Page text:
It’s been… It’s been tough. I always played point guard, I always loved point guards, Isiah Thomas was my hero growing up. The career he’s had since he retired from the court has been one sort of colossal blunder after another. The CBA, he tanked this poor fledgling basketball league. He just bought and tanked it. As a Piston’s fan I didn’t really mind him decimating the Knick’s organization. But I also felt bad that he’s the object of so much scorn. There’s now talk of him going to the Clippers which would just be, I don’t know, bad. I still like him, I still love the guy. There’s this moment in ‘Hoop Dreams’, it’s one of my favorite movies, where the young Arthur Agee and William Gates, they’re 9th graders and they get to meet Isiah Thomas for the first time. And he’s so sweet with them. To me, I’ll always remember him as the guy with dazzling charm and kindness and not as the maybe, poor businessman and [under his breath] sexual harasser.

But my other favorite players have done well, like Jalen Rose has done a lot better after his basketball career. And some of my other favorite point guards are doing well.

And CWebb’s doing well on TNT.

Yeah! CWebb’s a great guy, awesome to see how he’s doing. It’s weird though. It’s strange thinking about when people make these career transitions. Everything they’ve done… I’m about the age, I’m 33, so I’m about the age a lot of NBA players are when they retire. They’ve been incredibly successful and they’ve put everything they had into one thing their whole life, so how weird would it be to suddenly be gone from it and leave it behind. I love stories like The Wrestler, that was a fucking awesome movie. That struggle people have, ‘When are you too old to do something?’ A lot of touring musicians that question arises, too.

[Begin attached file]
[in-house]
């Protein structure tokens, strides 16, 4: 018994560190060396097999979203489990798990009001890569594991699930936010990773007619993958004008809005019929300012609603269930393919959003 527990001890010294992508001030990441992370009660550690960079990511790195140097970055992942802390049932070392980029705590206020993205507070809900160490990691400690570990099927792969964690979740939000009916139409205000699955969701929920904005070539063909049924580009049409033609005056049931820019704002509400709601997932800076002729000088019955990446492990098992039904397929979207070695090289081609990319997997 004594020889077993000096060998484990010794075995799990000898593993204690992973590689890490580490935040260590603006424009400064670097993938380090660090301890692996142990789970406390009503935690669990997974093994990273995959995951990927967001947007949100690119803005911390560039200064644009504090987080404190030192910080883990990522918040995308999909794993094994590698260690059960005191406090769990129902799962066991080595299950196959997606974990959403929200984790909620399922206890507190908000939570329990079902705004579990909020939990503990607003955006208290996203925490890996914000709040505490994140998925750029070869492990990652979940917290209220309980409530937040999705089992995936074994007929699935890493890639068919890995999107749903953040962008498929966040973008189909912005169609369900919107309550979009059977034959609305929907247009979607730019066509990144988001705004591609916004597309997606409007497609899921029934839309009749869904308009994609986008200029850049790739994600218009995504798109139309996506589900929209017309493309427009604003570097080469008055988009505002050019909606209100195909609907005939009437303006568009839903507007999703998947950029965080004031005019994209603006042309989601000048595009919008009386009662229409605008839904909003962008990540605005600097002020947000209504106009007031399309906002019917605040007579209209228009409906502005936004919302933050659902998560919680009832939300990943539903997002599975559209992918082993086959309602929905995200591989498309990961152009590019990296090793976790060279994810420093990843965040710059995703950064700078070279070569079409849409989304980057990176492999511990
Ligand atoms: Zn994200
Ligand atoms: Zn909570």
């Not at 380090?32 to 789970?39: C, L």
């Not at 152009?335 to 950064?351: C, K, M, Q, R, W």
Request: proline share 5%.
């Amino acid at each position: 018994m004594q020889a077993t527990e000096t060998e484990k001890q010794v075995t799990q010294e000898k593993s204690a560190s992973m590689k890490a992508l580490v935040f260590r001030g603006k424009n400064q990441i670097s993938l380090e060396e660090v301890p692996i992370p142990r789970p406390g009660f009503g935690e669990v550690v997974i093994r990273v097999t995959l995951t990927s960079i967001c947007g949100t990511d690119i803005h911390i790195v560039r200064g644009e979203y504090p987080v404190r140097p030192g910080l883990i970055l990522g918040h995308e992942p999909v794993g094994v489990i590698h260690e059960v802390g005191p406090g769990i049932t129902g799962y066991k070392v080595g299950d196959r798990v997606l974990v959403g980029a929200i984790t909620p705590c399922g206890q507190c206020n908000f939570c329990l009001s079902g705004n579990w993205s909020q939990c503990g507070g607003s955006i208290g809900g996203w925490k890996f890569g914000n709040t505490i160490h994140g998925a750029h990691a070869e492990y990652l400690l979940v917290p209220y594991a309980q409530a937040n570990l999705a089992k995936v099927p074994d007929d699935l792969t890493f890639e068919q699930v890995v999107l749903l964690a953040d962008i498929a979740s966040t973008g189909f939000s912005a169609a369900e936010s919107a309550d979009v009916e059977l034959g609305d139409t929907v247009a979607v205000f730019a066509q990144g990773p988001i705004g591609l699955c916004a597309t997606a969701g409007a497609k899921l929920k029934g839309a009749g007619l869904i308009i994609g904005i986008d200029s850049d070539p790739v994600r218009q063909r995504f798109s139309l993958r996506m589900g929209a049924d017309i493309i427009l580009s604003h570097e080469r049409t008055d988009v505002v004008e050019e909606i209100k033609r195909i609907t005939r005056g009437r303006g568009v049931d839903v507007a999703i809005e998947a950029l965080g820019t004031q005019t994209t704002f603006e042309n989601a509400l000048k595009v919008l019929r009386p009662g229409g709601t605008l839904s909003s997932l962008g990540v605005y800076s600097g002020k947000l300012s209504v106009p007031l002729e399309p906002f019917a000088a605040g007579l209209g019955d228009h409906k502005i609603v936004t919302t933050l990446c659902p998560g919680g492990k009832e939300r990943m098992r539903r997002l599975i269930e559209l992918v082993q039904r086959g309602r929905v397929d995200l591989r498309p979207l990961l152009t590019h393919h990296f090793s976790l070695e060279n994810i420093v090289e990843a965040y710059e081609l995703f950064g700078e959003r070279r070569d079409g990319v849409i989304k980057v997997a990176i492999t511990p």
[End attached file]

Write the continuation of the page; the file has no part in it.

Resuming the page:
When do you stop and what do you do then?

Exactly. I think that is a really interesting question to explore. I’m writing something about a story that takes place in 1987 and I thought of that White Lion song ‘Wait’ because I wanted to use it in this screenplay I’m writing. So I decided to look it up and it turns out the singer for White Lion he has resurrected White Lion and some people, they can’t ever give it up. He’s almost like The Wrestler, he’s playing these county fairs in Des Moines, Iowa. And in fact, his bandmate sued him because he didn’t want him out there, so now they have to call it ‘Mike Tramp’s White Lion’ or something, he can’t even use the name White Lion. And yet there’s something beautiful about people still trying to do what it is they love to do. But sometimes you feel like it’s the only world they know and they don’t know what to do with themselves after that. And maybe that’s what Isiah has struggled with.

It sounds like you’ll be OK because you have several different projects so you won’t get burned out.

I like to think I’ll be able to transition, but it is strange sometimes being home, you get used to a different kind of lifestyle on the road. It’s changed me. I’m sure it will be a transition regardless, but I think it will be a good transition. I look forward to having time. One day when I hang up the Found road show, when I’m in my 60s or 70s, I look forward to having time to try to make movies, or writing, or playing ball. I still hve my college eligibility, I can still play ball.

[Laughter] That’s true, and you could ruin a basketball league or two.

Hopefully. Yes. I do think if I went to some tiny-ass liberal arts college for grad school maybe could I make their varsity team. Like Reed or something. [Laughter]

I’ve heard you can’t go left, but that probably wouldn’t matter in Division III.

I’m thinking if you can rain threes like I can’t, but hope to one day then I could make the team. ‘Put me in coach.’

[Laughter]There’s a Scott Bakula movie about that, right?

Yes. There’s got to be. [Laughter]

Interview with Davy Rothbart from Found Magazine (3 of 3)